# What is your go-to prototyping connector? [closed]

I have completed a few projects - sensors and an ADC circuit - and I find myself often connecting discrete boards together by tediously soldering wires to break-away headers like those below.

I worry about poor connections and the time it takes is excessive.

What are some good, flexible go-to prototyping connectors? I am considering getting some RJ45 connectors and using old cat 5 cable, but they aren't 0.1" spacing friendly, which makes prototyping with them harder. (Do 0.1" compatible RJ45 connectors exist? Could I rig these up anyway?)

I realize this is highly dependent on the application but I was hoping to get a solution for the general case. Or maybe soldering ribbon cable to headers is the way to go.

For a little more information, my current projects have involved carrying a ~2v signal ~1m to an ADC, carrying 1MHz SPI ~0.5m between an ADC and a PI, as well as carrying around 3-5V power and ground - so nothing terribly fancy.

Update: I went with IDC connectors (2x5 pin and 2x20 pin) and I am happy with this decision.

## closed as primarily opinion-based by JRE, Andy aka, Wesley Lee, uint128_t, ThreePhaseEelFeb 19 '17 at 13:44

Many good questions generate some degree of opinion based on expert experience, but answers to this question will tend to be almost entirely based on opinions, rather than facts, references, or specific expertise. If this question can be reworded to fit the rules in the help center, please edit the question.

Why solder the wires to the header pins when you can use flat cable with IDC connectors?

No soldering at all, compatible with 0.1 inch spacing, and the cable and connectors are easy to assemble (and cheap as well).

• I think this is the winner. Thanks for saving me from myself. Cat5 when I need robust signal wire. – nate Feb 19 '17 at 1:06
• Definitely the correct choice for me. – nate Mar 20 '17 at 1:12

When I have room for 0.1" connectors, I almost always use the KK-style connecters from Molex:

They are relatively cheap, have different pin configurations, and (importantly) have been considered "bin stock" in every lab I've worked in. Also, if you choose the connectors with "locking ramps" (as shown), these ensure that you won't plug it in backwards, and also keep things from disconnecting accidentally.

You'll have to buy a crimper, but you'll use it for years. A Molex-branded crimper will cost you a few hundred USD, and high-quality generic ones can be had for $20-30 on Amazon. I'm currently using this crimper. I bought it because it's cheap (currently$23), and I was pleasantly surprised at it's quality. It hasn't failed me yet.

Another benefit is that you can choose connectors for different wire sizes.

Here is an answer I posted about using this type of crimper.

To answer your other question, I just ran into this at futurlec.com:

I've never done business with them, so I can't speak to their quality. But these adapters are currently selling for \$2.90, so it's hard to go wrong :)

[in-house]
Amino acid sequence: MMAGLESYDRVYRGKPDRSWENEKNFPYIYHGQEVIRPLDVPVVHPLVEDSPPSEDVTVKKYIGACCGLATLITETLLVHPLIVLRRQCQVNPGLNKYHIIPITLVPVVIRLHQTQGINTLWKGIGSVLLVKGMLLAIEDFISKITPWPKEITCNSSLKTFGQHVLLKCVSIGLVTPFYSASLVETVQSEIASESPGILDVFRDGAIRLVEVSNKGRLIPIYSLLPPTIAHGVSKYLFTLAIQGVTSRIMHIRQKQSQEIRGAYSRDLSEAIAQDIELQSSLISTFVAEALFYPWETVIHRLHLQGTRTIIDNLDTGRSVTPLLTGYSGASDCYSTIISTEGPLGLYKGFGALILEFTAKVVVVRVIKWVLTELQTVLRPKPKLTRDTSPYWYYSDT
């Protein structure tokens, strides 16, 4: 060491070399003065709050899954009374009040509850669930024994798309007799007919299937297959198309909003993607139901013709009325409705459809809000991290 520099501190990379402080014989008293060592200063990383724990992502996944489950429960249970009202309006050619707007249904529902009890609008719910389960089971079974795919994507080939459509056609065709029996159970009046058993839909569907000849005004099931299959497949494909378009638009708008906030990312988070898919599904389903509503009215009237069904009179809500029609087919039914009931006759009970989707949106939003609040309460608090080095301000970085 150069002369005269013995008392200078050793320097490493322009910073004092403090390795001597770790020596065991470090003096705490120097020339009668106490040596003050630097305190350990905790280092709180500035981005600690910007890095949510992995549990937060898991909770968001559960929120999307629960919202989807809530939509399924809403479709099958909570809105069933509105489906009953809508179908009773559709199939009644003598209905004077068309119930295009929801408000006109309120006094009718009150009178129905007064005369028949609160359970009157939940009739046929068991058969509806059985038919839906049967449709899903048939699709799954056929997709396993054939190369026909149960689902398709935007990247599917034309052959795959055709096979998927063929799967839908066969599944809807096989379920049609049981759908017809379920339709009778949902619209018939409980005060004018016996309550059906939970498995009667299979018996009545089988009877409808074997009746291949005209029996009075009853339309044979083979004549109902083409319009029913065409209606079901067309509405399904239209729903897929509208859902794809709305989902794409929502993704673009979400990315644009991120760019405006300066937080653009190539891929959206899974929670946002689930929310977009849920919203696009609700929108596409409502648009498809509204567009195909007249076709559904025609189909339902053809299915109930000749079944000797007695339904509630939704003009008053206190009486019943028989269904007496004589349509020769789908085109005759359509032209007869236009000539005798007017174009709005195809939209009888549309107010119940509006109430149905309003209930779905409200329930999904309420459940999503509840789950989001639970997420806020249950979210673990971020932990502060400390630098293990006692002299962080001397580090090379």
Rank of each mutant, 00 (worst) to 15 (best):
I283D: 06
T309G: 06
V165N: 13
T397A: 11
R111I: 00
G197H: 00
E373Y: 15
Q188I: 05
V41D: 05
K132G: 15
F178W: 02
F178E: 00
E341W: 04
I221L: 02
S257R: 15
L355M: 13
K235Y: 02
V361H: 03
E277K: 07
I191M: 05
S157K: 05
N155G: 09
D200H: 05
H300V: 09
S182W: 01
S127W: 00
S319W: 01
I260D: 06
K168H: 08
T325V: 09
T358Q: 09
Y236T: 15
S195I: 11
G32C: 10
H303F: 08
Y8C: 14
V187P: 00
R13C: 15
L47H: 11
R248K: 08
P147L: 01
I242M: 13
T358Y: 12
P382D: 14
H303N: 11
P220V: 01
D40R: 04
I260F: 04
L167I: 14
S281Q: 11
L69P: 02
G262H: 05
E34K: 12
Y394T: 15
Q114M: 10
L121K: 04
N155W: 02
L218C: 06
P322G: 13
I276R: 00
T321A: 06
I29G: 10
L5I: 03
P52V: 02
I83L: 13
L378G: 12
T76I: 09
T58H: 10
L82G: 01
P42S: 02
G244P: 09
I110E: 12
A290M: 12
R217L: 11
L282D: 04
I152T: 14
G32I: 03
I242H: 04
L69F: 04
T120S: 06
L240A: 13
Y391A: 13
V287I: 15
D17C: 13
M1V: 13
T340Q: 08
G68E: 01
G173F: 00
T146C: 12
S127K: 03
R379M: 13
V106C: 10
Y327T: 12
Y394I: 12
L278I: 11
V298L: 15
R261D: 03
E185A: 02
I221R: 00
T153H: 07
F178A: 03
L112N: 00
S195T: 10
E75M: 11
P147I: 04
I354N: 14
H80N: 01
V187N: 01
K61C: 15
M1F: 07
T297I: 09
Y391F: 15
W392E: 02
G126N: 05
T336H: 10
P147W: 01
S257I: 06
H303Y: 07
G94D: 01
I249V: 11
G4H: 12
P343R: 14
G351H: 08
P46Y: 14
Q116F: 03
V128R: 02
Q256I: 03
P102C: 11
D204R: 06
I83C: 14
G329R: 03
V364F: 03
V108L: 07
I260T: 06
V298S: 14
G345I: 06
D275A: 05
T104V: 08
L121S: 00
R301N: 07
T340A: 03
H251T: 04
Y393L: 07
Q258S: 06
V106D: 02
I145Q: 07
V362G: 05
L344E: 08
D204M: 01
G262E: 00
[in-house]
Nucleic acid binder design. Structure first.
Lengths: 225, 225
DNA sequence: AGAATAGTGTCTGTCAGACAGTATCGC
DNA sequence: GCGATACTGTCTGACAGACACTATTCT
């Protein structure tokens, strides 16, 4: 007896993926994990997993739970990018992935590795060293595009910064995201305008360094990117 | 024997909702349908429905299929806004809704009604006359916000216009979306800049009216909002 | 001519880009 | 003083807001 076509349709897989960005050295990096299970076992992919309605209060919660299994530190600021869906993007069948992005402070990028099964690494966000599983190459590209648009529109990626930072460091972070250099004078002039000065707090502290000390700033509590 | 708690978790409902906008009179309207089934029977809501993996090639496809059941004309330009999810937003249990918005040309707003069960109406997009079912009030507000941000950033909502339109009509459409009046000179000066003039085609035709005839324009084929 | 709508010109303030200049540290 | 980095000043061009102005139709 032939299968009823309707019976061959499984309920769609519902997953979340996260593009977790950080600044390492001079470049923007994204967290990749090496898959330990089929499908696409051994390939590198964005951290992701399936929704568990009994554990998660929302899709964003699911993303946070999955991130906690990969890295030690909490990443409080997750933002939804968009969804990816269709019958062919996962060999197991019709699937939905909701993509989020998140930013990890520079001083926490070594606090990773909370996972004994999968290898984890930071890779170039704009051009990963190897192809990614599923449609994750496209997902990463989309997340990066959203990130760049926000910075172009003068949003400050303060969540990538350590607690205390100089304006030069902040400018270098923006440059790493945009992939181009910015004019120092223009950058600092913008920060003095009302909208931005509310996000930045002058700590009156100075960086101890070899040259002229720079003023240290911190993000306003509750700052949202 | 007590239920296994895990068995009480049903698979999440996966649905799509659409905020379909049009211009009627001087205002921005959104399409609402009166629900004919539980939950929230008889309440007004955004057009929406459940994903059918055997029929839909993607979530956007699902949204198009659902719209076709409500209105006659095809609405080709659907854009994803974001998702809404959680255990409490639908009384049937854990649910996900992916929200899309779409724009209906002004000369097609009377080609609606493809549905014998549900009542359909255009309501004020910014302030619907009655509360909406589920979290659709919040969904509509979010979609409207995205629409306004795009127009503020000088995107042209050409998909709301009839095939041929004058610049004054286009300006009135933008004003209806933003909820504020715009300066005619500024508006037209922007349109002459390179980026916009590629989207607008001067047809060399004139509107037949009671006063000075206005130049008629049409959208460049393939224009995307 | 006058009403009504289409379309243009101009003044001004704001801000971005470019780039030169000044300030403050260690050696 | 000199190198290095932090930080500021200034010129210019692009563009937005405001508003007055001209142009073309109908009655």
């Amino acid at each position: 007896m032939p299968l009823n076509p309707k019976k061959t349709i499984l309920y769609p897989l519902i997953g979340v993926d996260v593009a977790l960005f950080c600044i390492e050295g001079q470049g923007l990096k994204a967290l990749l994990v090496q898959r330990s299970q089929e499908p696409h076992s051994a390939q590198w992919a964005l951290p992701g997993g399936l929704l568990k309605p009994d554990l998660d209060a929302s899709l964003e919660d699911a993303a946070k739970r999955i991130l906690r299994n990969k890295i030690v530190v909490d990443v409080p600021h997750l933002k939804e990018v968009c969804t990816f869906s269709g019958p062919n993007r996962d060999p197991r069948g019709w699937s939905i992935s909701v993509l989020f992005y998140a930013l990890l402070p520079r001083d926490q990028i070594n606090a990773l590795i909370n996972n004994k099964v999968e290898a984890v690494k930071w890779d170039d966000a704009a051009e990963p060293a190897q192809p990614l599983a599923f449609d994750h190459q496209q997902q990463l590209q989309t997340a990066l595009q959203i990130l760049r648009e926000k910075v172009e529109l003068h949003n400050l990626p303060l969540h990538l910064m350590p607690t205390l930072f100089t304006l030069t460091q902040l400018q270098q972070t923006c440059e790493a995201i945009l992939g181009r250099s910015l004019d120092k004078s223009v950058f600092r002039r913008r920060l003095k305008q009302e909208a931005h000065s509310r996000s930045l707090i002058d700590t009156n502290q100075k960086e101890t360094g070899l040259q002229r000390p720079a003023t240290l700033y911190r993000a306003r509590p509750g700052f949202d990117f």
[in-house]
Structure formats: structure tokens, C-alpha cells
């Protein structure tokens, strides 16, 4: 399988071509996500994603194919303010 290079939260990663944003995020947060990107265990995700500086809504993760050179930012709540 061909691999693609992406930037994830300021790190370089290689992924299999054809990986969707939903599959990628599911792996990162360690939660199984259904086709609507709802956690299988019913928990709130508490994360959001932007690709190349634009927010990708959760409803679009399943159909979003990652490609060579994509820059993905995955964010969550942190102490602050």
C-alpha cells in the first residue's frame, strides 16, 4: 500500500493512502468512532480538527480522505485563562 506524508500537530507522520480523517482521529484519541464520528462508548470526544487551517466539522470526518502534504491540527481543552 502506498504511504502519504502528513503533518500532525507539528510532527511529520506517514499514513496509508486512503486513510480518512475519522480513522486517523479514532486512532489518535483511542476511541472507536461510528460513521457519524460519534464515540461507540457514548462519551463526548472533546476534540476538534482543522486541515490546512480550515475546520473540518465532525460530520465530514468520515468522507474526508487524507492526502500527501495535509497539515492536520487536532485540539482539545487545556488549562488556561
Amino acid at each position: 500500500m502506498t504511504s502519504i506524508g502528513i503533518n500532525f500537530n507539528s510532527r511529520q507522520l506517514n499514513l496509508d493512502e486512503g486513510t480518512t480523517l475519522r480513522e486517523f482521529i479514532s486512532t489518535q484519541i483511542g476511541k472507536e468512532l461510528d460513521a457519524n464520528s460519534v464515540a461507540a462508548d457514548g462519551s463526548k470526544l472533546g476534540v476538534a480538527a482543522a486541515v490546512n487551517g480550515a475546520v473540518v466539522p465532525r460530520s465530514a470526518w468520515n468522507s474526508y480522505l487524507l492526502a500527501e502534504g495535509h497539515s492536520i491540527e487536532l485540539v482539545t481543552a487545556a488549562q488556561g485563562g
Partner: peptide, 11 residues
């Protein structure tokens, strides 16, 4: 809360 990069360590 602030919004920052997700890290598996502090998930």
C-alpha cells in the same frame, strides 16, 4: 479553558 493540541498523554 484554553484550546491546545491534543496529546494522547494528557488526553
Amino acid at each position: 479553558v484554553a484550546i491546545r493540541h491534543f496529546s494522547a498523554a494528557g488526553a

• One issue I have found with these is that if you try and use them with solderless breadboards then when you try and unplug the cable you tend to end up pulling the socket out of the breadboard instead. I have resorted to superglue in the past to get around this. – Peter Green Feb 18 '17 at 0:42
• @PeterGreen Yeah, that's true! And the header pins seem to stretch out the connections in solderless breadboards, too. Maybe it's because I buy cheap breadboards :) – bitsmack Feb 18 '17 at 0:47
• Thanks for the link, Im going to grab some of those break out RJ45s – nate Feb 19 '17 at 1:10
• I have bought from futurlec before, and you get exactly what you see. If not stated otherwise, I'd asume lead solder, but their breakouts and other parts are fine quality for prototyping (and the price is right) – Extrarius Feb 20 '17 at 4:08

For boards that already contain pin headers (like in the picture you provided), I tend to use connectors that mate into the existing headers - similar to this Harwin M20 connector. They're available in a lot of different positions (e.g. 1, 2, 5, 8 pins and even double rows), which is convenient when having to connect to pins that are not adjacent. You have to buy the pin contacts separately, as well as a pin crimping tool. But this approach has saved me a ton of time and effort trying to solder wires directly to these headers (and the cables can be re-used for other projects once you're done with the current one).

In addition to ribbon cables with IDC connectors (as mentioned by Enric Blanco), you can buy individual 'jumper wires' with female connectors (ex Here) on each end that are compatible with the kind of pins you posted. I've used them to great effect when there are many pins to connect but they're not in a similar layout (eg connecting the gpio+power on an FPGA board to an LCD board). If you use a breadboard, you can also get similar jumper wires with female connectors on one end and male on the other to be able to wire from pins to the breadboard, and male on both ends for use on the breadboard.

If you want something like RJ45 that are prototype-friendly, you can get breakout boards from many places - ex RJ45 MagJack Breakout or RJ45 Adapter